Monday, February 22, 2010

Conversation with the Enemy

Well not exactly the enemy, this woman happens to be a friend of mine who generally is a 'good person' but our views on horses couldn't be more different. I try and avoid the topic of horses when we are together but since we both have them it can get a bit tricky.

I happened to see her over the weekend and almost every thing she says I disagree with. Doesn't make for an easy friendship that's for sure. Bear in mind though that I used to look up to her as a horsewoman so she is quite accustomed to me drinking in all her words of wisdom. Oh my how things have changed over the last few years.

A lot of her attitudes are everything that I think is wrong with a lot of the horse world. Again, at the very low end of the scale but I still find it incredibly hard not to rip her head off.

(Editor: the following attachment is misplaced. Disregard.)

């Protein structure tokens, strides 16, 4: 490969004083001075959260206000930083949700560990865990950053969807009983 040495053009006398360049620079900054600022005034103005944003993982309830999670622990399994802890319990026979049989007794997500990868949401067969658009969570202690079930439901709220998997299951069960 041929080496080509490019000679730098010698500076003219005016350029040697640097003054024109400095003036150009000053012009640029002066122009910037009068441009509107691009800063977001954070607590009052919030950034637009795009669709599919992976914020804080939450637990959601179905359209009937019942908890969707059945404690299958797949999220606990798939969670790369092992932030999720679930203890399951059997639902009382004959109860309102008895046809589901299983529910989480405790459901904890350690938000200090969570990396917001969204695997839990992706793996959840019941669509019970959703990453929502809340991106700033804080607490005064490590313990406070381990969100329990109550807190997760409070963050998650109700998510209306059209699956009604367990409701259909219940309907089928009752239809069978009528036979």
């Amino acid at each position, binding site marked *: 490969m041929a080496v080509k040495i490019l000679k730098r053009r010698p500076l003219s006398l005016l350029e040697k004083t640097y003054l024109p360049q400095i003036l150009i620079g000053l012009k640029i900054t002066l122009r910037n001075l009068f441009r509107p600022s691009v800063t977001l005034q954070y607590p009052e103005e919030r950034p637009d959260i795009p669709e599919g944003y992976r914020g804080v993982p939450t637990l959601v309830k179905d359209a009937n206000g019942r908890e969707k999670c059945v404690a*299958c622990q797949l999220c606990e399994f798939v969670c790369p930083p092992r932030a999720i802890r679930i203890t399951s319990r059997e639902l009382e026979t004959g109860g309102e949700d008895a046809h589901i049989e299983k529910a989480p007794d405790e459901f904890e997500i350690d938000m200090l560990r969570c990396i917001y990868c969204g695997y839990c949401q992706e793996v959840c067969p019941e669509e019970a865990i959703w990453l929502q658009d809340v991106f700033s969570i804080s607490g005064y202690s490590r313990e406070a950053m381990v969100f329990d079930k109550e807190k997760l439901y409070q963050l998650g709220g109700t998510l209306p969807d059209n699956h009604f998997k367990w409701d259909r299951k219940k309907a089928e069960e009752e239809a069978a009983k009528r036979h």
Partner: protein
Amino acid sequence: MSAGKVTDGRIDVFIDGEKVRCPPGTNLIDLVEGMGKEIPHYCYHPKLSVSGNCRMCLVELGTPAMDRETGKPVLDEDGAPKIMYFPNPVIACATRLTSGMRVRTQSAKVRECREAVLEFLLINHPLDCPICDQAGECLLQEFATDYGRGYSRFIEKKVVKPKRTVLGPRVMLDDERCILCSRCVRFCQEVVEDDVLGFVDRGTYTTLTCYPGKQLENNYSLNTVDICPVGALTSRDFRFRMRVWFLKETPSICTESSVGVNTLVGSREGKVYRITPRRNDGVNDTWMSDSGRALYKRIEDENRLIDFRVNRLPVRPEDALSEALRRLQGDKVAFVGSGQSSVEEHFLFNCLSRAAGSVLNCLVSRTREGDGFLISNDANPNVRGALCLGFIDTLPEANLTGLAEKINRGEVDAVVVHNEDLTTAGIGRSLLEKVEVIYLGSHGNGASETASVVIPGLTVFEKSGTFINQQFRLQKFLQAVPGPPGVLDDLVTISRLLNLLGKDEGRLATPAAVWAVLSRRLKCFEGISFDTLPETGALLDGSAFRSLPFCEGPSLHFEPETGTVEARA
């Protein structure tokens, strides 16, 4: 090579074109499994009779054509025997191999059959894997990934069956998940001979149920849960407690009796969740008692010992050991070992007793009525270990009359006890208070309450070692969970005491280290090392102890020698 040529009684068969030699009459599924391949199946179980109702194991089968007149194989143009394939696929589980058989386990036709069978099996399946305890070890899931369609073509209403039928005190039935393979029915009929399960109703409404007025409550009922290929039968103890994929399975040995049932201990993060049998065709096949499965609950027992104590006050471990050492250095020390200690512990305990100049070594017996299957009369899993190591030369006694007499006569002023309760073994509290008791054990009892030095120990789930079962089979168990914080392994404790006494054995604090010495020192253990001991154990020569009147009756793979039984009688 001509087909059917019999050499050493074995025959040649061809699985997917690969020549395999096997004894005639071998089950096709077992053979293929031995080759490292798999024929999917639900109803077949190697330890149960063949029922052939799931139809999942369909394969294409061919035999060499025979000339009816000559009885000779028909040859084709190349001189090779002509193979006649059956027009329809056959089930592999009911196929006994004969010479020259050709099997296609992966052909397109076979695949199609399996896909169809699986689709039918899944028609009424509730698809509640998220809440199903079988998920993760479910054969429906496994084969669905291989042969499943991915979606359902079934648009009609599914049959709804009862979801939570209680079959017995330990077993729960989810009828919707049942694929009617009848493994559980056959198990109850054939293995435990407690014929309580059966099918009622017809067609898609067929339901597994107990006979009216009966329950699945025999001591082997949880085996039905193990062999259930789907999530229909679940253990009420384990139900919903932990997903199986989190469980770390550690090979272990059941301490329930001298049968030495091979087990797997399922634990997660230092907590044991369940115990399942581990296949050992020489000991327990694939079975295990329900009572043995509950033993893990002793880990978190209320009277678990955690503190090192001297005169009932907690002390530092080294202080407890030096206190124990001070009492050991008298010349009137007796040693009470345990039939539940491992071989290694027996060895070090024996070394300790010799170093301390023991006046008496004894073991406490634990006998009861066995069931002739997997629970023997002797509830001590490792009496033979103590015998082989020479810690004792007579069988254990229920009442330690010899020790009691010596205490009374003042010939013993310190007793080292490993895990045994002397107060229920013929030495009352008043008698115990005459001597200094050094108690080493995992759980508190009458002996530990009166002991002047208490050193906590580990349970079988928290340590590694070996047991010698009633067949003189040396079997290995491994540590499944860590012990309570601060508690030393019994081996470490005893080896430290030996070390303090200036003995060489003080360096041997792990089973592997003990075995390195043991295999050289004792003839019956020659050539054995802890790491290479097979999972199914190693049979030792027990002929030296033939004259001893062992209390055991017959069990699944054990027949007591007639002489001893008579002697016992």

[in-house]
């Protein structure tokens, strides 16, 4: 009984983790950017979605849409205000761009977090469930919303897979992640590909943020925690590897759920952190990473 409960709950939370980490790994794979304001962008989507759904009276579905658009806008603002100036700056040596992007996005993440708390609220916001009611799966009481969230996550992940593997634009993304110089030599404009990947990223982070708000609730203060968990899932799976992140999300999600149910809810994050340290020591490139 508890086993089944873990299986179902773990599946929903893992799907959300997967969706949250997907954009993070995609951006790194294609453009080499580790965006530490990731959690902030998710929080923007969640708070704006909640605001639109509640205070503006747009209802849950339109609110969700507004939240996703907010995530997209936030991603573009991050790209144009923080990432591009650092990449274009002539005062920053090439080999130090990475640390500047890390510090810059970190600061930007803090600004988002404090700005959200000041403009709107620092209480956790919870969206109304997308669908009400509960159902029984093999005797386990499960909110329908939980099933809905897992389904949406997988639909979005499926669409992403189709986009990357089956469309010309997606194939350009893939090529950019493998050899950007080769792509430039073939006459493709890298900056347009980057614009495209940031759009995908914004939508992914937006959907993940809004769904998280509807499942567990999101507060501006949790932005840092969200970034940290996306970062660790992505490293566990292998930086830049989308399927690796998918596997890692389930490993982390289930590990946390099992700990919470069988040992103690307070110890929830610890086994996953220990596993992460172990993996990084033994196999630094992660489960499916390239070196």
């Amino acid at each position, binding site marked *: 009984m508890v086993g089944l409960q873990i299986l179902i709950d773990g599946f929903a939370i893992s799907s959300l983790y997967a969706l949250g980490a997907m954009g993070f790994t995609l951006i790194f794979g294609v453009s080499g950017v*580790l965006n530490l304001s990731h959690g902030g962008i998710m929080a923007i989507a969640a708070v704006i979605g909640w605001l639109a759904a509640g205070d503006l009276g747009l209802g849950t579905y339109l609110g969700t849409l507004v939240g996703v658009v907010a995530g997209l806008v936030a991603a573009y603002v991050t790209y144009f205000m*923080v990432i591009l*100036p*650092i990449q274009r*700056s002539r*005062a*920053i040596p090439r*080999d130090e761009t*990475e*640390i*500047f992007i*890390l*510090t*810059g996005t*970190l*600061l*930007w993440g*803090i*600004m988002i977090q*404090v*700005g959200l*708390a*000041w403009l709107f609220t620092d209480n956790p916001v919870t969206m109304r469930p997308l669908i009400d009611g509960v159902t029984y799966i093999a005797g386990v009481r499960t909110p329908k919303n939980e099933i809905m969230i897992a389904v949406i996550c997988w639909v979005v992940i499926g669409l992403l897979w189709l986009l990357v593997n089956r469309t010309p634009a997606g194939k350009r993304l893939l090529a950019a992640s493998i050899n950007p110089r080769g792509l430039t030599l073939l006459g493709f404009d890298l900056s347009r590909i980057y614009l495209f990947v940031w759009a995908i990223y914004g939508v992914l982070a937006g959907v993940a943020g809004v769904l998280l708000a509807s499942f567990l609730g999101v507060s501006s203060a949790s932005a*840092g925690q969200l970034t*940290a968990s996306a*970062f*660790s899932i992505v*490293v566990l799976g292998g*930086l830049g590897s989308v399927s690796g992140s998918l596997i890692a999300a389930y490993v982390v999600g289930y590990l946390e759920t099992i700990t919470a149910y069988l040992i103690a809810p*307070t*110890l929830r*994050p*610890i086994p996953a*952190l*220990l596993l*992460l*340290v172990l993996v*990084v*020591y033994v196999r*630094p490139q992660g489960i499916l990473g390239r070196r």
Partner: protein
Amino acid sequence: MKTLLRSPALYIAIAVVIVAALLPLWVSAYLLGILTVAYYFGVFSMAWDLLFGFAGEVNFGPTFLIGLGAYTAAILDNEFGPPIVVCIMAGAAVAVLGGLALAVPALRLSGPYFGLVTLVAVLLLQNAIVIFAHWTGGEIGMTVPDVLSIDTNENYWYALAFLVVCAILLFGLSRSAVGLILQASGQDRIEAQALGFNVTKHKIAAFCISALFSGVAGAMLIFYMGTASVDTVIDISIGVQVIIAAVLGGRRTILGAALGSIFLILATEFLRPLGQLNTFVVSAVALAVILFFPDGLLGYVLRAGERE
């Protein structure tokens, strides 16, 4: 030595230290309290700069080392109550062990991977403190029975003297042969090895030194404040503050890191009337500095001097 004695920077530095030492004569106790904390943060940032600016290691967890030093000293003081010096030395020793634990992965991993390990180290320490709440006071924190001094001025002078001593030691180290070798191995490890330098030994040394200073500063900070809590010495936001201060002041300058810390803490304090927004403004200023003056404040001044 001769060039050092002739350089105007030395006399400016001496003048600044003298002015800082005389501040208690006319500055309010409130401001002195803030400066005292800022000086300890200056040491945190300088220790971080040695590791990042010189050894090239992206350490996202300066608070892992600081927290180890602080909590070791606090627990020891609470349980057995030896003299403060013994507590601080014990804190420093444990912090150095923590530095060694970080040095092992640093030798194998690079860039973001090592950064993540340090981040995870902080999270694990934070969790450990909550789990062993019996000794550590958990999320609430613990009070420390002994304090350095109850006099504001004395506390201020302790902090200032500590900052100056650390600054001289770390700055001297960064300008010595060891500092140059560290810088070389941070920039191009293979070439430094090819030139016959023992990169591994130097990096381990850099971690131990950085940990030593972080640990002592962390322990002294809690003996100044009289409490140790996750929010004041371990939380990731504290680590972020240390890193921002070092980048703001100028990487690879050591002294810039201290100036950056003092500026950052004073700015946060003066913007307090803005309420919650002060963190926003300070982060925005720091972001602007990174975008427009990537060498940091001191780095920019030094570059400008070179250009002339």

1. I am too attached to my horse. Sure, I will concede that maybe I am a bit, but her attitude to Fox is that I should just sell him. Over my dead body. And even not then. My partner has instructions on what to do should I die before Fox does. She doesn't get attached. She could sell her horse tomorrow and not really care where it went or what happened to it.

2. She treats horses as nothing but a commodity which is not the bad thing, it is her attitude that they are disposable. Her horse wasn't cantering properly and she couldn't fix it. Her thoughts were that he may as well be dog food. I told her that I would take him before that happened. She thought I was crazy. Thankfully her horse improved. When Fox initially hurt himself and I said how long the recovery would be, she said "but what if it takes longer?" I said "then it will take longer." "What if it takes two years?" "Then that will be how long it will take."